Monday, July 11, 2016

Red Sox End First Half On Good Note, Look To Make Second Half Push To Playoffs

The Red Sox enter the All-Star break on a hot streak, having won four in a row and seven out of ten to close out a successful first half of the season.

Yes, it's been a successful first half.  Losing control of first place in the A.L. East while playing a bad stretch of baseball in June was disappointing but the Red Sox are coming off consecutive last place finishes so being in the mix for the division title and holding on to the top spot in the Wild Card standings at the break makes for a positive first half.

David Price, the team's $217-million ace who has struggled at times in his inaugural season in Boston, closed out the first half with a dominant performance against the lowly Rays, striking out ten and scattering four hits over eight shutout innings.  His 4.34 ERA is the highest of his career and the 9-6 record is not what the Red Sox thought they were paying for but yesterday's start was cause for hope that Price will look like his usual dominant self in the second half.  Price is leading the American League in strikeouts and when he's been bad he's been the first to admit it - which some players struggle to do when they enter the cauldron of Boston baseball - and there is reason to believe he can be the ace of a staff that will play ball into October.

Boston will have five representatives at tomorrow night's All-Star Game.  David Ortiz, Mookie Betts, Xander Bogaerts, and Jackie Bradley Jr. will be in the starting lineup and Steven Wright will be one of the available pitchers.  Craig Kimbrel was also selected but he will miss the game and will be out a reported 3-6 weeks after having knee surgery today.

Ortiz, who is scheduled to retire at season's end, is authoring quite a farewell tour.  The 40-year-old slugger is having his best overall season in a Hall of Fame career.  Big Papi is hitting .332 (which would be tied for the best of his career), he is leading all of baseball in on-base percentage (.426), slugging percentage (..682), OPS (1.107), and doubles (34), has hit 22 home runs and driven in 72 runs.  He may capture the MVP in his final year.

If they are to qualify for the playoffs, the Red Sox will need upgrades to their roster.  They desperately need at least one more quality starting pitcher.  The bullpen needs reinforcements as well.

Dave Dombrowski has already worked on fixing the bullpen, trading for Diamondbacks closer Brad Ziegler after Friday's win over Tampa Bay.  The problem now is that with Kimbrel on the disabled list, the Ziegler addition does not immediately solve the lack of depth in the pen.  Koji Uehara and Junichi Tazawa have clearly been over worked and Dombrowski needs to add at least one more reliever.  Joe Kelly's transition from starter to reliever should help the situation but I'm not ready to trust that Kelly will be the solution.

Adding a starter is also going to be critical for Dombrowski.  The top three of Price, Rick Porcello (11-2, 3.66 ERA) and Wright (10-5, A.L. leading 2.68 ERA) needs reinforcements.  Educardo Rodriguez will make the team's first start after the break on Friday in New York and the Red Sox need him to bounce back from an injury plagued first half and to resemble the pitcher he was a year ago in his rookie campaign when he went 10-6 with a 3.85 ERA.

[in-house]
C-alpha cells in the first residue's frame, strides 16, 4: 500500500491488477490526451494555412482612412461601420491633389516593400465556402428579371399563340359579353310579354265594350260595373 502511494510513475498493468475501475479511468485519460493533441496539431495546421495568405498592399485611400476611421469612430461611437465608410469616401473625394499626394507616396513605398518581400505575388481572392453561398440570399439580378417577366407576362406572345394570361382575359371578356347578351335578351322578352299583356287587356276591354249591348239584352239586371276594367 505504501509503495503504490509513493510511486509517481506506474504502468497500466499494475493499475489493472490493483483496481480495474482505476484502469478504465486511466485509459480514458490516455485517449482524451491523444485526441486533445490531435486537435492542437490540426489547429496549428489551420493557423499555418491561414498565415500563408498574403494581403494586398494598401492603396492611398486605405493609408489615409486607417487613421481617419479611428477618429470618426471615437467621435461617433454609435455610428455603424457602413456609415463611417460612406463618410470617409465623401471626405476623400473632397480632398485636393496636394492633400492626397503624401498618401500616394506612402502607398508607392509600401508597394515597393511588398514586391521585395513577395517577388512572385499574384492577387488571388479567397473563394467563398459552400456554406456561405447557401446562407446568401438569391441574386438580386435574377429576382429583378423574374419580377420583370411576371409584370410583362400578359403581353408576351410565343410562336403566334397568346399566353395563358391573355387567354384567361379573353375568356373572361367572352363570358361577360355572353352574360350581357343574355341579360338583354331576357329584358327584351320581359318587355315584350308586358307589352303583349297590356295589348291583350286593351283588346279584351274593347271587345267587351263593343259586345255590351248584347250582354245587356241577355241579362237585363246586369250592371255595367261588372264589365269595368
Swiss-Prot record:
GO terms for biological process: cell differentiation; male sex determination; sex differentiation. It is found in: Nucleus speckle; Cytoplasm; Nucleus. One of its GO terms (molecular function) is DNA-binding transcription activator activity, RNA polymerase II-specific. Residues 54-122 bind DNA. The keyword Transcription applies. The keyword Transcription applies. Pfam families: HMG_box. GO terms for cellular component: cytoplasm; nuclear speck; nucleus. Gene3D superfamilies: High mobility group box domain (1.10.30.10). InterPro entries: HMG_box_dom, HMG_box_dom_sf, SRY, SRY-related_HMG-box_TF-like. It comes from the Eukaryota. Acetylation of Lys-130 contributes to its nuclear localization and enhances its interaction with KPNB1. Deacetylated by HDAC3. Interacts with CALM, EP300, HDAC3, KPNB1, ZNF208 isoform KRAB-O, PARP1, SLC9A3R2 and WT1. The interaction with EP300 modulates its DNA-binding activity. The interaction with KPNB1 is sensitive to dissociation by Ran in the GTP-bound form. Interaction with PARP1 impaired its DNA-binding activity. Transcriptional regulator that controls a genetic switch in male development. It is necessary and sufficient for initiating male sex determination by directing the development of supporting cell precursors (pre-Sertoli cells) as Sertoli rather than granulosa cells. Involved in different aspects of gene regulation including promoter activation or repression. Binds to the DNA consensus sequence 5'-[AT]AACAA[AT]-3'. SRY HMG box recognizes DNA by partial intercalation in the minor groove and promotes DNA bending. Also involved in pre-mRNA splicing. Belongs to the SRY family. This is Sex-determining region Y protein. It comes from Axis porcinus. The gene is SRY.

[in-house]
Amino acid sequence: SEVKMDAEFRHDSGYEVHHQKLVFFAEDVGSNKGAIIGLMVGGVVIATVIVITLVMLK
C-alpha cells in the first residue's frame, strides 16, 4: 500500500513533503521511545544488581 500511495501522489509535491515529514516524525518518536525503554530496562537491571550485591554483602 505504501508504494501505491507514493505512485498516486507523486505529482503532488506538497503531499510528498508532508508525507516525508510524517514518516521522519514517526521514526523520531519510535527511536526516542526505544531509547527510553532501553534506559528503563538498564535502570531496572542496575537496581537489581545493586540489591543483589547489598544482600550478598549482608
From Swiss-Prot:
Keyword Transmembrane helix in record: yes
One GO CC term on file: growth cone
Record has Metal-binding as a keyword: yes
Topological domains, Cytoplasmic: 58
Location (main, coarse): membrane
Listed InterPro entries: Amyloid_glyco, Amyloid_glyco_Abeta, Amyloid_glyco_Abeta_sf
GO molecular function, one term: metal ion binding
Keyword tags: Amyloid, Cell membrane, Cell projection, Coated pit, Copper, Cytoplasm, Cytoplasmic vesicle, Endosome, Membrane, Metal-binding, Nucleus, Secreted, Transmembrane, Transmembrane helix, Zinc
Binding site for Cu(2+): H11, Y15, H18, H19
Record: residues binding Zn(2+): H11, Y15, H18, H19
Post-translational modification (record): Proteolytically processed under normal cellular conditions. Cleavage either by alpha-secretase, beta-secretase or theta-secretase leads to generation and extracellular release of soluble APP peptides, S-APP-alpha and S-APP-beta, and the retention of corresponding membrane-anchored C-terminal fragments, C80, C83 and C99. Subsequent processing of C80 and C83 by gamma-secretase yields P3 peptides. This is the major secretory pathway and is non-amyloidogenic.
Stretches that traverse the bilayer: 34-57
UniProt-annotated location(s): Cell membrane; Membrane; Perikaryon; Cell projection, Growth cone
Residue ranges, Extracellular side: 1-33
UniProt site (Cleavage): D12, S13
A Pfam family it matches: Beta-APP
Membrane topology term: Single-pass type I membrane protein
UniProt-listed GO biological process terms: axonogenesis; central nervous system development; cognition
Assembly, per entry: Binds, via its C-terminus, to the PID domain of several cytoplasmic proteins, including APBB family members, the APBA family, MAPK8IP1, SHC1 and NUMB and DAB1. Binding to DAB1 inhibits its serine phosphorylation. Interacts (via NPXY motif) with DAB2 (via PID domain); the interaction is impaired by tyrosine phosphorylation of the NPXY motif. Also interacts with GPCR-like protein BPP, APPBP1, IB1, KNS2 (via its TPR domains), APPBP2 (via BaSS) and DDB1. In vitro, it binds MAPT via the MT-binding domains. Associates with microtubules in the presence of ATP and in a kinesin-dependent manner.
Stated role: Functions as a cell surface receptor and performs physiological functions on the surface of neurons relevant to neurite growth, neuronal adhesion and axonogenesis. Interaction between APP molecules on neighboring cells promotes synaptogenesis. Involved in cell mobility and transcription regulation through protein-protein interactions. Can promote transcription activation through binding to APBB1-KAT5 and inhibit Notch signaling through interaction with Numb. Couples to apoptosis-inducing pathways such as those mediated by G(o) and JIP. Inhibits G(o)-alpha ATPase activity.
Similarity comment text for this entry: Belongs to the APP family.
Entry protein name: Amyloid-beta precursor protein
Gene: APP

Dombrowski will potentially have a few options.  He can add a "rental", such as Oakland's Rich Hill, a veteran with years remaining on his contract, like Minnesota's Ervin Santana, or make a major move for an established young top of the rotation starter who has a team friendly contract.  Chicago's Chris Sale, Oakland's Sonny Gray, and Atlanta's Julio Tehran have been mentioned the most in that last category and while it seems like an excellent idea to add a young pitcher for the top of the rotation, the cost in prospects - like MLB Future's Game MVP Yoan Moncada - could prove to be prohibitive.

The Red Sox should explore a deal with Minnesota.  In addition to Santana, the Twins could also move relief pitchers Fernando Abad and Brandon Kintzler.  Creating a package deal of second-tier prospects for Santana and one of the relief pitchers would kill two birds with one stone.

Ziegler is not Dombrowski's only move so far.  He picked up infielder Aaron Hill from Milwaukee to bolster the bench and then added utilityman Michael Martinez from Cleveland for additional organizational depth.

Moncada, a second baseman by trade, and outfielder Andrew Benintendi are quickly climbing the organizational ladder and, unless they're moved for a top flight starting pitcher, could be used at the major league level before long.

The feel good first half of the season will now come to an end and the pressure will be on for the players, manager, and front office to at least clinch a Wild Card spot in the playoffs and make a run in October.

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